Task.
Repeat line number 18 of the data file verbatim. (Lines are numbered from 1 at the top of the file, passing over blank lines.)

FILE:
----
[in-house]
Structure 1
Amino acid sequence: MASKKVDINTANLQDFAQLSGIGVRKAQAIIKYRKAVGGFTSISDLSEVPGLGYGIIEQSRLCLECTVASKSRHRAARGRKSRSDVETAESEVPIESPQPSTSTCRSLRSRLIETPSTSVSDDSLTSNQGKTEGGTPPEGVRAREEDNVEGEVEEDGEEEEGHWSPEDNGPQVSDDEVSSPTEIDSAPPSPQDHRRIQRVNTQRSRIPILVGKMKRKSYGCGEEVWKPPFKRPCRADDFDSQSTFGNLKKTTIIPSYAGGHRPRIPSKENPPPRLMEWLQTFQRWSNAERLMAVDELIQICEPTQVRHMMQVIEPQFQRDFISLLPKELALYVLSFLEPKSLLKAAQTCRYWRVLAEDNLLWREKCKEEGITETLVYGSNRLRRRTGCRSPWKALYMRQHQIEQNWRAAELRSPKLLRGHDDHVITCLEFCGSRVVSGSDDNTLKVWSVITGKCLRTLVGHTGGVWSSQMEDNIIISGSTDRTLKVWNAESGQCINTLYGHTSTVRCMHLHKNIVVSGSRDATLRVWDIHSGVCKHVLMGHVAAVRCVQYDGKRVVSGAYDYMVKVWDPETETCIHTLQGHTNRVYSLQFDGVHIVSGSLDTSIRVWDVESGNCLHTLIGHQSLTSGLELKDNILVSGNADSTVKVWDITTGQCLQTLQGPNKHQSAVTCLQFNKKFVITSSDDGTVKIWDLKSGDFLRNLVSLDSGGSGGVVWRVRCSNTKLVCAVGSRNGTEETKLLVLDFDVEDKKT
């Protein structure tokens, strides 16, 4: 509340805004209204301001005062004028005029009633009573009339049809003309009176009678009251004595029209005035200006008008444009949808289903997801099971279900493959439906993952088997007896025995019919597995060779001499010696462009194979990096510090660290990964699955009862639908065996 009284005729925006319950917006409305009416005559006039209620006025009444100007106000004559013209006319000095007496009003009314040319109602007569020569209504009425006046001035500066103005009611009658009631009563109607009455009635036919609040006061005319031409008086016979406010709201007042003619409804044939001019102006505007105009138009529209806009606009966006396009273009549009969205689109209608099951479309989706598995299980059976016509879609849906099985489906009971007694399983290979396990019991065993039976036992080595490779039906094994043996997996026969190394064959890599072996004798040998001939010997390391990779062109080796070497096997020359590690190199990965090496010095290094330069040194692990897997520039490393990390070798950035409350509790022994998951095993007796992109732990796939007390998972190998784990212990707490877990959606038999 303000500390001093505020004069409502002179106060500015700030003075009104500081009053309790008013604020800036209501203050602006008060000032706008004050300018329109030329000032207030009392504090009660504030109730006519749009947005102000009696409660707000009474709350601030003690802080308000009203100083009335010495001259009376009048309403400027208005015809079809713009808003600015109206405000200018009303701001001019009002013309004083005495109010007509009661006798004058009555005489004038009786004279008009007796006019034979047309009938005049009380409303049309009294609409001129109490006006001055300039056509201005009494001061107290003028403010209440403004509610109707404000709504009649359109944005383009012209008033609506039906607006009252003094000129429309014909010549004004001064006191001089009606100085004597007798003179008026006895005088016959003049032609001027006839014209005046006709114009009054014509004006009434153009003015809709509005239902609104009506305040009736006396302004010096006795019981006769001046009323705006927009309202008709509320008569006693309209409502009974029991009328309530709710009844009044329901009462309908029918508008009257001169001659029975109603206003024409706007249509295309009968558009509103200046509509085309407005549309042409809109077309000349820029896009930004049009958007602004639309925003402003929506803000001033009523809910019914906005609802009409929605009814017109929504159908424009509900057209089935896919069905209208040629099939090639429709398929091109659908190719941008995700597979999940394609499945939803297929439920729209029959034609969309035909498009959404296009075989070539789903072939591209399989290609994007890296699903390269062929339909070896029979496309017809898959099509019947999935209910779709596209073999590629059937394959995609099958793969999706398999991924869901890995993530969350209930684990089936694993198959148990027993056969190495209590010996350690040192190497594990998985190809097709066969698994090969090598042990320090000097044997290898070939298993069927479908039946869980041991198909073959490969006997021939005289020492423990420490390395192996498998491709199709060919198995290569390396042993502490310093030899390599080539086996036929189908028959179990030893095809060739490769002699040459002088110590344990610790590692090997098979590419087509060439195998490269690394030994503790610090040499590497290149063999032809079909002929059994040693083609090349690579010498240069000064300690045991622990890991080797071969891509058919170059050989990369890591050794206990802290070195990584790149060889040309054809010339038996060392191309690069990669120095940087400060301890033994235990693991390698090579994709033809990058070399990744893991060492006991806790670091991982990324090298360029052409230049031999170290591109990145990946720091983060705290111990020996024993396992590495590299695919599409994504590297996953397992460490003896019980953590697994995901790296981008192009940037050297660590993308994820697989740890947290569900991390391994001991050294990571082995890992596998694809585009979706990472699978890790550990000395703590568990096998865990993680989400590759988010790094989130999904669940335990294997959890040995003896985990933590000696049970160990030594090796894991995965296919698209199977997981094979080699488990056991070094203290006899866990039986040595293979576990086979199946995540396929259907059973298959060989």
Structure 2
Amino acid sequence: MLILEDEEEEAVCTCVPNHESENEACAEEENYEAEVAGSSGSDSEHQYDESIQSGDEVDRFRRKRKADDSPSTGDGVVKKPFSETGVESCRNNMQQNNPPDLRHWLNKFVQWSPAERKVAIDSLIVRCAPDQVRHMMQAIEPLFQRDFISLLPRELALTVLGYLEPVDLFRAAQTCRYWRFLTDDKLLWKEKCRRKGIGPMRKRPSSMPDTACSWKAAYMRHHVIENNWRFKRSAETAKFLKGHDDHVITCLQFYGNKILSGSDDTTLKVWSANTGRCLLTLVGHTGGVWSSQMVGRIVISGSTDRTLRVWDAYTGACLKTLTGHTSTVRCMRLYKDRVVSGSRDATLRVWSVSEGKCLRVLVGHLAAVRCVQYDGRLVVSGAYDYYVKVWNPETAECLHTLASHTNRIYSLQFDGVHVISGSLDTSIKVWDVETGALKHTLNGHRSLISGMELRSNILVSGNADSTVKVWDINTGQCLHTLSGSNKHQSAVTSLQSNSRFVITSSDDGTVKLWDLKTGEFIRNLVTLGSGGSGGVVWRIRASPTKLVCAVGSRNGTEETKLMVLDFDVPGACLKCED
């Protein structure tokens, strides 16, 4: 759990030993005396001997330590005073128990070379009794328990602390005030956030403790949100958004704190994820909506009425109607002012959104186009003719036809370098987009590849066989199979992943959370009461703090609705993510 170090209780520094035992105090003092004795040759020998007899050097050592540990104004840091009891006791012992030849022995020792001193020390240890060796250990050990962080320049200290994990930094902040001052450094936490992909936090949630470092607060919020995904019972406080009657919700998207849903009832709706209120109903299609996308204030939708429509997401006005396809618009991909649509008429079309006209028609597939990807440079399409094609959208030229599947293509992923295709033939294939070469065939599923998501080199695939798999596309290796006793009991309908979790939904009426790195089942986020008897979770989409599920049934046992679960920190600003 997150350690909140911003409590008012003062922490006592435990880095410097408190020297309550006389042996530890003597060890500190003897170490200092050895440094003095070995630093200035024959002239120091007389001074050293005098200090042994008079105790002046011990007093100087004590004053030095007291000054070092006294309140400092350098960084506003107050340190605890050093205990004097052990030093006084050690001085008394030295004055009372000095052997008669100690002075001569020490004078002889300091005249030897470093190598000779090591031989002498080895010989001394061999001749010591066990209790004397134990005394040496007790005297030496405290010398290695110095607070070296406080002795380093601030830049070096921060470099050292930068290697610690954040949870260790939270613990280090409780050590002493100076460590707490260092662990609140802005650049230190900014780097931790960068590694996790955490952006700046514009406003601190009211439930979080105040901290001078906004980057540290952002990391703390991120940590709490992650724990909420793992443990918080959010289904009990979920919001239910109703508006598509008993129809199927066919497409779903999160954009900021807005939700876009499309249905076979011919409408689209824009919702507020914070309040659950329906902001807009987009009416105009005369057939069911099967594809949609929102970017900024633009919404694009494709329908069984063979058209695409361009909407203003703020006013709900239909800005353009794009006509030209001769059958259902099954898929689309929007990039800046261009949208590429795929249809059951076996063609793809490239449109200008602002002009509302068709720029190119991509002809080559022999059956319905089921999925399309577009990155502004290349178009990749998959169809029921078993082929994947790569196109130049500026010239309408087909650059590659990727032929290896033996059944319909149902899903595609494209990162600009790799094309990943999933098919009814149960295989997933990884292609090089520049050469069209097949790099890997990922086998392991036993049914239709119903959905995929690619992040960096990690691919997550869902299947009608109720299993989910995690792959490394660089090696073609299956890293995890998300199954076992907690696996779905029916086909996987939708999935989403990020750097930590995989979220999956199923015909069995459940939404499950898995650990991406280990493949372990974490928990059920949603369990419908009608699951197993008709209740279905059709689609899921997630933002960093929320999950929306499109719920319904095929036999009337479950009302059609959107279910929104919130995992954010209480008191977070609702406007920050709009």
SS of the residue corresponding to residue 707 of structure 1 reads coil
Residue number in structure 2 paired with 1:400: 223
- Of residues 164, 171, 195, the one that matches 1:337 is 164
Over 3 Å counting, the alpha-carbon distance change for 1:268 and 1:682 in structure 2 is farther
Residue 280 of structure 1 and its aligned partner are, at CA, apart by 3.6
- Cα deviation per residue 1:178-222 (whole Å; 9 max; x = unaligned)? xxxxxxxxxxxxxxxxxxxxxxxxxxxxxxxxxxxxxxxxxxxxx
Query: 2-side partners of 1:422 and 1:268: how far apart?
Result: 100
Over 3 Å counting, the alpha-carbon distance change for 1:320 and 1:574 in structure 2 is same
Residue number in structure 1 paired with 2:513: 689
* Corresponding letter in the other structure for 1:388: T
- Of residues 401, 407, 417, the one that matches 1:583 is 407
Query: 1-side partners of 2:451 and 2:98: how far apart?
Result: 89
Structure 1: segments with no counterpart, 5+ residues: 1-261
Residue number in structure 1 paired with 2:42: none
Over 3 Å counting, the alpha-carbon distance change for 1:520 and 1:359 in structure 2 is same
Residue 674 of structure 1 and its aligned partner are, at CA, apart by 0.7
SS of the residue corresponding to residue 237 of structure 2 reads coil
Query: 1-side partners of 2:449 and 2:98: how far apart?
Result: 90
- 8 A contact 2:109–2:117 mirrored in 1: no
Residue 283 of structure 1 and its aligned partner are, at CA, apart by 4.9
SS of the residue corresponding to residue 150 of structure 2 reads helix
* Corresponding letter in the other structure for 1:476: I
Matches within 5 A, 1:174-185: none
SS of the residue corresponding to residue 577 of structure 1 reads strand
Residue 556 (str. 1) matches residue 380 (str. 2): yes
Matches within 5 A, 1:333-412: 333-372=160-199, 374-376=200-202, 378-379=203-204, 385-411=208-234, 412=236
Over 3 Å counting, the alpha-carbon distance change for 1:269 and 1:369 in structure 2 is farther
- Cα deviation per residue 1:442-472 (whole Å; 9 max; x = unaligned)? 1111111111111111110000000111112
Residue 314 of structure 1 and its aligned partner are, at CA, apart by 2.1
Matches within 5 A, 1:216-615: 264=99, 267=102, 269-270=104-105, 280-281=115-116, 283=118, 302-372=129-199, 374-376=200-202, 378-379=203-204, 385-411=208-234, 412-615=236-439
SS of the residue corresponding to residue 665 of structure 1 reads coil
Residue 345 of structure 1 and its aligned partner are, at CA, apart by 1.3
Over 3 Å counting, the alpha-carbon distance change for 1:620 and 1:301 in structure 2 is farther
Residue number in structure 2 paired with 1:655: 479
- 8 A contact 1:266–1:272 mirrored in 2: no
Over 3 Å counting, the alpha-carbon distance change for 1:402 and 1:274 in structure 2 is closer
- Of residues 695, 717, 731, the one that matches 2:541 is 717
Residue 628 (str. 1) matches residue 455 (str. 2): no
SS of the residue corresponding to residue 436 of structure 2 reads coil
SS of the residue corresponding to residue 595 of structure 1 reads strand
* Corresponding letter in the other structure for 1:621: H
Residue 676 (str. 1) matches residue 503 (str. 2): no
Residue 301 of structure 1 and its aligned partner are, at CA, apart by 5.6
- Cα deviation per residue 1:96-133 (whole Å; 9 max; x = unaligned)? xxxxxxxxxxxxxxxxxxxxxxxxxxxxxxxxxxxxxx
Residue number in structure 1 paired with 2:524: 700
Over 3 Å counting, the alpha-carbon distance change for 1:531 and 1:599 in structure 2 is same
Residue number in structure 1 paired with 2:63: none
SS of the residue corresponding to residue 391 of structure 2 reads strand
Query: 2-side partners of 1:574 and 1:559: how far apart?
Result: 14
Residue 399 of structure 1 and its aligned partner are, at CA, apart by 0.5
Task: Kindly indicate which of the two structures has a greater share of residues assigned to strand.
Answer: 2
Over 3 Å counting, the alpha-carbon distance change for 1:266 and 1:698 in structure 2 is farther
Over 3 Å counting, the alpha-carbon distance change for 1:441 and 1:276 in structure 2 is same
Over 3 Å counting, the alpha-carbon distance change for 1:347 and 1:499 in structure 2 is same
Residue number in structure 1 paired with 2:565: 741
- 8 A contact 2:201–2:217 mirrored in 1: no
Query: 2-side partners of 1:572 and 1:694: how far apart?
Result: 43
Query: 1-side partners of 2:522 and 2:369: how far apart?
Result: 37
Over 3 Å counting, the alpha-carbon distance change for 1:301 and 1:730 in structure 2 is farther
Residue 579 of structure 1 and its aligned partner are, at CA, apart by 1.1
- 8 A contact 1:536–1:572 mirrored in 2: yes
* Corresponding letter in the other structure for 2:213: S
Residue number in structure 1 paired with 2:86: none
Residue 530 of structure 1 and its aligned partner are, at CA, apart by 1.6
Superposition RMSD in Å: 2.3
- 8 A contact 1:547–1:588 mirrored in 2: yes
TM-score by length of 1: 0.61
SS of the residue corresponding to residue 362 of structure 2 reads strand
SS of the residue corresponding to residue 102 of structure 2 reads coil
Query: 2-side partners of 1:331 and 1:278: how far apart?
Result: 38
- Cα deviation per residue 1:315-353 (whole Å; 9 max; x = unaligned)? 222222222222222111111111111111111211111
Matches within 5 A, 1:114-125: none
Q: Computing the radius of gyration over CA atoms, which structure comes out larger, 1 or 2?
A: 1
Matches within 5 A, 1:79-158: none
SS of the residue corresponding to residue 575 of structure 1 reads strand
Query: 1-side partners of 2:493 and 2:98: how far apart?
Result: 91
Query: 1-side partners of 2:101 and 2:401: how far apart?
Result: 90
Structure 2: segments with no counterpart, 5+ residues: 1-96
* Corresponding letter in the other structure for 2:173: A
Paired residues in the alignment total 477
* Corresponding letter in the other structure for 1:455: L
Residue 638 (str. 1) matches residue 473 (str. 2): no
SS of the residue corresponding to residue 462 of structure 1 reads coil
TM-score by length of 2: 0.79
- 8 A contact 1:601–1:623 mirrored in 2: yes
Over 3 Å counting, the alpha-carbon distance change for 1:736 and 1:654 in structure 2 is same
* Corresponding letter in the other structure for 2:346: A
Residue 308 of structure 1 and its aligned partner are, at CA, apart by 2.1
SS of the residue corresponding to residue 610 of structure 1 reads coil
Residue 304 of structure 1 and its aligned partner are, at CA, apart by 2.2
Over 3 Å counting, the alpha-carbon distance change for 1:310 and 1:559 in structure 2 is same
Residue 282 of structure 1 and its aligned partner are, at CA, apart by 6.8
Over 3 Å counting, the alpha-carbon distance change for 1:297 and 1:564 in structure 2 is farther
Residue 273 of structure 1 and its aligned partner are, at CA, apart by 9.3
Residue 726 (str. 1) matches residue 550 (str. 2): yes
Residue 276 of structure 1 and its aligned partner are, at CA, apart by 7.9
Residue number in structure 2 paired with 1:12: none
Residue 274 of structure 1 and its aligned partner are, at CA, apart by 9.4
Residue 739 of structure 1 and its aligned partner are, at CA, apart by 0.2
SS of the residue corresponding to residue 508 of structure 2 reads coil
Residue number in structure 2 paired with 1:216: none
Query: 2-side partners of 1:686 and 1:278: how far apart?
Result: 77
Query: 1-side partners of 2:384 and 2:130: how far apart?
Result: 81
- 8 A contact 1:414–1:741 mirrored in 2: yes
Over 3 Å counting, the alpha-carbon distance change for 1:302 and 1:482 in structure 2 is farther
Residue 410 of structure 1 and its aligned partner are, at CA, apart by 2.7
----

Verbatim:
* Corresponding letter in the other structure for 1:388: T